Managing To-Do's

A Tip for the On-The-Go Lady

February 12, 2020

I’m Kelly Nolan.
I'm an attorney who'd been decently organized through law school but got quickly overwhelmed as a actual attorney. After nothing else worked for me, I created this system – and kept on practicing law. Years later, I found out others were interested in learning it, so that's what I do now! Let's get this realistic system in your hands so you can start living a life that feels more calm, doable, and that lights you up.
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Hi lady-on-the-go,

A couple of days ago, while driving down the highway, I remembered I needed to call the vet in the morning (Olive’s on the mend now – don’t worry!). Obviously, in that moment, I couldn’t break out my Google Calendar app to calendar that call. But I also knew I’d forget to call if I didn’t put that task in a system right away.

So, I held down the button on my steering wheel that activates Siri and said, “Remind me tomorrow at 8:30am to call the vet about Olive’s paw.” Done. And, at 8:30am the next morning, I got the reminder, called the vet, got my pup in for a 10:30am appointment, and by 11:30am she was home and on the way to recovery.

Why am I sharing this? Because sometimes the things we need to remember to do flash through our minds when we’re driving, out with friends, or have our hands full of a project or child at home.

Sure – blocking time in your calendar for the task is the best way to plan to do and protect time for the task. But that’s not always feasible or, sometimes, even safe. At the same time, if you’re like me, you know you’ll forget about it if you don’t get it into some reminder system in the next… 30 seconds.

So what to do? The main system requirements: a way to get the thing out of your head and into a system that will remind you to do the thing when you need to do it.

This is where Siri comes in.

The trick: If you have an iPhone, take advantage of Siri’s connection to the Reminders app.

Disclaimer: While it’s useful, I’m not overwhelmingly impressed with the Reminders app — I find it too easily stops reminding me to do something. And Siri is not the best at voice recognition. I often later have to piece together what Siri is trying to get me to do. BUT we all know how often you’ll remember to do something in 3 hours without some sort of system when you’ll spend those 3 hours meeting a work deadline, picking up pets/kids, swinging by grocery store for dinner, etc.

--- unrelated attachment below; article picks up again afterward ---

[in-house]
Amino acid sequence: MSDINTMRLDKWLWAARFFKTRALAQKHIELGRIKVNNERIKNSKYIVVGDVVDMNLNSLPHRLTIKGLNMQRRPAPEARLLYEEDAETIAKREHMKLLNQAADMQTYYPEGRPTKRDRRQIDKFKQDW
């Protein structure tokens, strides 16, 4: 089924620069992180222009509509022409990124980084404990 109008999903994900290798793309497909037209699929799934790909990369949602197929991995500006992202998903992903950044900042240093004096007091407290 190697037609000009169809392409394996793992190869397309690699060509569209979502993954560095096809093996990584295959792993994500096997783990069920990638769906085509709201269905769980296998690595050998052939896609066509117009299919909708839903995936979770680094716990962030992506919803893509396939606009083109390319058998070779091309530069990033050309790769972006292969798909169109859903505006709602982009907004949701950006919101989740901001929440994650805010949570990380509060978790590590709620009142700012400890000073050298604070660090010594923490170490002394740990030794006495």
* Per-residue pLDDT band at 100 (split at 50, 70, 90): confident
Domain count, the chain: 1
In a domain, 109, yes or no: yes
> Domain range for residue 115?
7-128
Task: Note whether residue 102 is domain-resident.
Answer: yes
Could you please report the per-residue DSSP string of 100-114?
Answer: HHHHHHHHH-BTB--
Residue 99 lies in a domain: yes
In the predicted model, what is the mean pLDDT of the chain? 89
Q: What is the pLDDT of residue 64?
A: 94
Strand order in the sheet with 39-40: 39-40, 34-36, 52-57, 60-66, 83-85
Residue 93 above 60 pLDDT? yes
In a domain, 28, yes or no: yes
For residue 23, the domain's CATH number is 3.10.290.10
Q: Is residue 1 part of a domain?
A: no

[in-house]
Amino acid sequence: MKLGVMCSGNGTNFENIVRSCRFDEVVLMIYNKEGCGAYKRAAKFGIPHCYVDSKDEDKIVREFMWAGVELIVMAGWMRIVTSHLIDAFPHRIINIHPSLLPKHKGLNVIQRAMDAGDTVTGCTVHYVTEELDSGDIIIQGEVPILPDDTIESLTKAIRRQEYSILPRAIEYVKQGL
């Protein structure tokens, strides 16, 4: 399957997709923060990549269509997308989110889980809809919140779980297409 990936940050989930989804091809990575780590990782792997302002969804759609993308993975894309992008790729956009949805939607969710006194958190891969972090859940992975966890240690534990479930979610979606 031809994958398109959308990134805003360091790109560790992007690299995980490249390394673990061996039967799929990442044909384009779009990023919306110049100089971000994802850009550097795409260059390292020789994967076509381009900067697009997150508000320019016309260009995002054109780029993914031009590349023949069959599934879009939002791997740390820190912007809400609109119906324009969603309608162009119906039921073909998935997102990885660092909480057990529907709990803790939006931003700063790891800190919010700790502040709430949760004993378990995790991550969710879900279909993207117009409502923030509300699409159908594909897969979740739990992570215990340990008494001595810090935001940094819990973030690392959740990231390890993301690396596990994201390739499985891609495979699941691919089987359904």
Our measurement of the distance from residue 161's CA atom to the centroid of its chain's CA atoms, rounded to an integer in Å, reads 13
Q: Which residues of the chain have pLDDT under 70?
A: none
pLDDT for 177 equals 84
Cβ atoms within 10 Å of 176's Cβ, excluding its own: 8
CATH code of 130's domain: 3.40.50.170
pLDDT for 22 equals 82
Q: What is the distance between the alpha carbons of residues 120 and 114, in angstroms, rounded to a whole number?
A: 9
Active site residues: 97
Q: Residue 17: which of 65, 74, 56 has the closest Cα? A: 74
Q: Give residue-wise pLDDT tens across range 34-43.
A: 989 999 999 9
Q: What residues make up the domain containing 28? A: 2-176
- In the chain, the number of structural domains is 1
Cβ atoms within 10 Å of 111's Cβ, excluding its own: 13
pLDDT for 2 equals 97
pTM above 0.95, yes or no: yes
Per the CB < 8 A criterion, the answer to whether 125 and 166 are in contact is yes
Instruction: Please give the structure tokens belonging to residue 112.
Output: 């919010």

So use this trick, but use it sparingly — only when you’re unable to insert tasks immediately into your calendar.

Here’s how to do it…

Step 1: Activate Siri.

Depending on your iPhone model, hold down the power button or the home button until Siri activates. You can also go into Settings and allow Siri to activate just by saying “Hey, Siri” — even if your phone is across the room. I don’t allow this function because I find that it activates unintentionally too often, but I know it works better for some people.

Also – if you’re driving, I only recommend activating Siri if you can do it using your car’s “hands free” set up. I have a little talking head button I hold down to activate Siri, so long as my phone’s plugged in or connected by bluetooth.

Step 2: Ask Siri to remind you.

Say something like, “Remind me in one hour to…” or “Remind me on Wednesday at 7pm to …” Again, the reminder probably won’t be perfect due to Siri’s voice recognition capabilities — just make sure it’s close enough so Future You will know what Siri’s talking about.

AND let’s bring these reminders to a new level: You can ask Siri to “Remind me when I get home…” or “get to work…” to do something. Now, that’s pretty cool. If it’s not working for you, make sure Apple knows your home and work address. Go into Apple’s Contacts app. At the very top, there should be a card with your name on it, with “My Card” in grey text underneath. Make sure your home and/or work physical addresses are in there. And you should be good to go!

Step 3: Dealing with the reminder.

When the reminder goes off, either:

  1. Do the task and then hit complete,

  2. If you can’t do the task right then but can access your calendar, calendar it for a time when you can do it, or,

  3. If you’re on the go again, hit snooze for 1 hour or until tomorrow.

If your reminders start piling up in the Reminders app, during a quieter window of time, I recommend opening up your Reminders app and calendaring the tasks. The Reminders app should NOT be your primary way of handling your tasks — it’s just too finnicky. But it’s certainly handy in a pinch!

In the same vein of not relying on reminders, check out my guide to help reduce your to-do lists and feel more in control.

And that’s that. Let me know how it goes!

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